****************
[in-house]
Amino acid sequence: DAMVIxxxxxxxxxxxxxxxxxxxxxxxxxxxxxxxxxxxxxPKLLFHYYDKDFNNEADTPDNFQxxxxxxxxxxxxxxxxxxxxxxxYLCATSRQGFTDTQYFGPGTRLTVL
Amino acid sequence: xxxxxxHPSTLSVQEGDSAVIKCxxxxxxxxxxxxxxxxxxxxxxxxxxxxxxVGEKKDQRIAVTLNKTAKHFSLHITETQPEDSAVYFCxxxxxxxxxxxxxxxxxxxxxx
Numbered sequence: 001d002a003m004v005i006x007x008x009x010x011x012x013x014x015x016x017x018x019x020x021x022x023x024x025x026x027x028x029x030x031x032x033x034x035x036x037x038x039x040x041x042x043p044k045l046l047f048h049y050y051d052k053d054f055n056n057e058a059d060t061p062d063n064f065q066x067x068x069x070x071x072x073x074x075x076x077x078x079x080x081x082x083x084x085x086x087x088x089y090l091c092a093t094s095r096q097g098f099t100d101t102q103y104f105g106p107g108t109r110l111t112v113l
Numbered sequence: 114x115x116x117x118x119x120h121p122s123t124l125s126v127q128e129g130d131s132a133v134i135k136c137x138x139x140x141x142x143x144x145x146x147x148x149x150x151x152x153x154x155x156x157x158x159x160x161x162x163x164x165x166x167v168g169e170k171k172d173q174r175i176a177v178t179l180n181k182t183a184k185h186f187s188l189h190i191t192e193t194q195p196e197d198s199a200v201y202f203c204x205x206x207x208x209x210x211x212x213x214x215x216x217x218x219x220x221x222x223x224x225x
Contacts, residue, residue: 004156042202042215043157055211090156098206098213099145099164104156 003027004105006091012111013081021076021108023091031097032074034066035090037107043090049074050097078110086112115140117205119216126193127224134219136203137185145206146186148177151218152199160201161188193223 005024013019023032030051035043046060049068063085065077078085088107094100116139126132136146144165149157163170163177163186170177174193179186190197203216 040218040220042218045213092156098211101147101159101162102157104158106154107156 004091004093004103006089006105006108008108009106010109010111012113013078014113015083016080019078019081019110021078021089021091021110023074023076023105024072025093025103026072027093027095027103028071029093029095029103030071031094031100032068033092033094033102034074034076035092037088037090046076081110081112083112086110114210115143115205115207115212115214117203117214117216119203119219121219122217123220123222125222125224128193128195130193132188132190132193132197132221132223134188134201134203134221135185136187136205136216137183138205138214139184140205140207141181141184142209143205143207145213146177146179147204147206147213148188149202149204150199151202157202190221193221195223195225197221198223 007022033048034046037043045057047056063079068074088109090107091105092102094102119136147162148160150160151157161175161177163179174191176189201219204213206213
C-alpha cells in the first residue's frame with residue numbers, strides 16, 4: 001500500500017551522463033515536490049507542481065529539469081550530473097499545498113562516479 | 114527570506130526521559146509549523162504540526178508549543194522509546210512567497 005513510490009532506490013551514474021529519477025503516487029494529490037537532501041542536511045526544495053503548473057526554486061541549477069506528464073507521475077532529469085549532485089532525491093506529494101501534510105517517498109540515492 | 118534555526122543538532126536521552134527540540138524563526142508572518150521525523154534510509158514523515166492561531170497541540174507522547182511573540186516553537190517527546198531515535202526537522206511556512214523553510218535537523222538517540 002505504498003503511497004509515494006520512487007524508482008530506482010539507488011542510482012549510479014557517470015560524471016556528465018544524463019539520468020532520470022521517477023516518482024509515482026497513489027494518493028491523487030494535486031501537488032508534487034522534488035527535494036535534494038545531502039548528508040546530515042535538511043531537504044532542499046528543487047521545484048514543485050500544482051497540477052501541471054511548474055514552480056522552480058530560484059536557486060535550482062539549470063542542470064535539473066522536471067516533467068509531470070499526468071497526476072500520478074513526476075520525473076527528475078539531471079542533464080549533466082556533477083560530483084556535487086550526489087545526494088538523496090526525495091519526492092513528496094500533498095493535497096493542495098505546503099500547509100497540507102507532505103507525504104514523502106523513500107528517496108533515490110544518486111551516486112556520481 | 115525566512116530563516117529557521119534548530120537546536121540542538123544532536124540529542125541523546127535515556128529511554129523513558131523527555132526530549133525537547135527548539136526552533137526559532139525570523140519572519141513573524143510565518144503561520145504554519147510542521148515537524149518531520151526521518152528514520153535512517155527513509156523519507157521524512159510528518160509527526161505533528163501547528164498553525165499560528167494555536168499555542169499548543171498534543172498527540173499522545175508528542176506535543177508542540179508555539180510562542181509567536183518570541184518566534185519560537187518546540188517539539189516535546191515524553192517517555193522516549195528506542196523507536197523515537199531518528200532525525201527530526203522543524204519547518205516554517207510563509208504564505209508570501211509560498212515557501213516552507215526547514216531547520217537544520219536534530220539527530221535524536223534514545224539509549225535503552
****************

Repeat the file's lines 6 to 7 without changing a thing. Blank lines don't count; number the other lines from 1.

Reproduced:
Contacts, residue, residue: 004156042202042215043157055211090156098206098213099145099164104156 003027004105006091012111013081021076021108023091031097032074034066035090037107043090049074050097078110086112115140117205119216126193127224134219136203137185145206146186148177151218152199160201161188193223 005024013019023032030051035043046060049068063085065077078085088107094100116139126132136146144165149157163170163177163186170177174193179186190197203216 040218040220042218045213092156098211101147101159101162102157104158106154107156 004091004093004103006089006105006108008108009106010109010111012113013078014113015083016080019078019081019110021078021089021091021110023074023076023105024072025093025103026072027093027095027103028071029093029095029103030071031094031100032068033092033094033102034074034076035092037088037090046076081110081112083112086110114210115143115205115207115212115214117203117214117216119203119219121219122217123220123222125222125224128193128195130193132188132190132193132197132221132223134188134201134203134221135185136187136205136216137183138205138214139184140205140207141181141184142209143205143207145213146177146179147204147206147213148188149202149204150199151202157202190221193221195223195225197221198223 007022033048034046037043045057047056063079068074088109090107091105092102094102119136147162148160150160151157161175161177163179174191176189201219204213206213
C-alpha cells in the first residue's frame with residue numbers, strides 16, 4: 001500500500017551522463033515536490049507542481065529539469081550530473097499545498113562516479 | 114527570506130526521559146509549523162504540526178508549543194522509546210512567497 005513510490009532506490013551514474021529519477025503516487029494529490037537532501041542536511045526544495053503548473057526554486061541549477069506528464073507521475077532529469085549532485089532525491093506529494101501534510105517517498109540515492 | 118534555526122543538532126536521552134527540540138524563526142508572518150521525523154534510509158514523515166492561531170497541540174507522547182511573540186516553537190517527546198531515535202526537522206511556512214523553510218535537523222538517540 002505504498003503511497004509515494006520512487007524508482008530506482010539507488011542510482012549510479014557517470015560524471016556528465018544524463019539520468020532520470022521517477023516518482024509515482026497513489027494518493028491523487030494535486031501537488032508534487034522534488035527535494036535534494038545531502039548528508040546530515042535538511043531537504044532542499046528543487047521545484048514543485050500544482051497540477052501541471054511548474055514552480056522552480058530560484059536557486060535550482062539549470063542542470064535539473066522536471067516533467068509531470070499526468071497526476072500520478074513526476075520525473076527528475078539531471079542533464080549533466082556533477083560530483084556535487086550526489087545526494088538523496090526525495091519526492092513528496094500533498095493535497096493542495098505546503099500547509100497540507102507532505103507525504104514523502106523513500107528517496108533515490110544518486111551516486112556520481 | 115525566512116530563516117529557521119534548530120537546536121540542538123544532536124540529542125541523546127535515556128529511554129523513558131523527555132526530549133525537547135527548539136526552533137526559532139525570523140519572519141513573524143510565518144503561520145504554519147510542521148515537524149518531520151526521518152528514520153535512517155527513509156523519507157521524512159510528518160509527526161505533528163501547528164498553525165499560528167494555536168499555542169499548543171498534543172498527540173499522545175508528542176506535543177508542540179508555539180510562542181509567536183518570541184518566534185519560537187518546540188517539539189516535546191515524553192517517555193522516549195528506542196523507536197523515537199531518528200532525525201527530526203522543524204519547518205516554517207510563509208504564505209508570501211509560498212515557501213516552507215526547514216531547520217537544520219536534530220539527530221535524536223534514545224539509549225535503552